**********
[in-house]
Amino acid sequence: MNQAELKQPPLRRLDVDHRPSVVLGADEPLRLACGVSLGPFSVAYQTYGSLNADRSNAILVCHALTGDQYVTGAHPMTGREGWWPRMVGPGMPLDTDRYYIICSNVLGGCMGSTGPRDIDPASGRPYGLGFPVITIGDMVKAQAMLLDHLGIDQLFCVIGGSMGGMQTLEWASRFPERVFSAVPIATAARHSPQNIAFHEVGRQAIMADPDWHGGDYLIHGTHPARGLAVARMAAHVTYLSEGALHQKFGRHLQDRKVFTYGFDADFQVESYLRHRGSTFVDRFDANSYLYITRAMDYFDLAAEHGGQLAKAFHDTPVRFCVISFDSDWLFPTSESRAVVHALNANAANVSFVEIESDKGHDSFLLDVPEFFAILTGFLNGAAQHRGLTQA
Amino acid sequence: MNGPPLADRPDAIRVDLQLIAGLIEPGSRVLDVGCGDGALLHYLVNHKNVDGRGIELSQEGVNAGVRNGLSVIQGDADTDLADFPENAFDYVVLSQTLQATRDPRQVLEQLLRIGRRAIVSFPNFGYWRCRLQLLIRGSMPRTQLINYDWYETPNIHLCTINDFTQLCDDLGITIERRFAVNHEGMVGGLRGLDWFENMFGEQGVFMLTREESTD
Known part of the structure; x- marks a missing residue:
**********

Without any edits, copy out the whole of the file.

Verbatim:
[in-house]
Amino acid sequence: MNQAELKQPPLRRLDVDHRPSVVLGADEPLRLACGVSLGPFSVAYQTYGSLNADRSNAILVCHALTGDQYVTGAHPMTGREGWWPRMVGPGMPLDTDRYYIICSNVLGGCMGSTGPRDIDPASGRPYGLGFPVITIGDMVKAQAMLLDHLGIDQLFCVIGGSMGGMQTLEWASRFPERVFSAVPIATAARHSPQNIAFHEVGRQAIMADPDWHGGDYLIHGTHPARGLAVARMAAHVTYLSEGALHQKFGRHLQDRKVFTYGFDADFQVESYLRHRGSTFVDRFDANSYLYITRAMDYFDLAAEHGGQLAKAFHDTPVRFCVISFDSDWLFPTSESRAVVHALNANAANVSFVEIESDKGHDSFLLDVPEFFAILTGFLNGAAQHRGLTQA
Amino acid sequence: MNGPPLADRPDAIRVDLQLIAGLIEPGSRVLDVGCGDGALLHYLVNHKNVDGRGIELSQEGVNAGVRNGLSVIQGDADTDLADFPENAFDYVVLSQTLQATRDPRQVLEQLLRIGRRAIVSFPNFGYWRCRLQLLIRGSMPRTQLINYDWYETPNIHLCTINDFTQLCDDLGITIERRFAVNHEGMVGGLRGLDWFENMFGEQGVFMLTREESTD
Known part of the structure; x- marks a missing residue: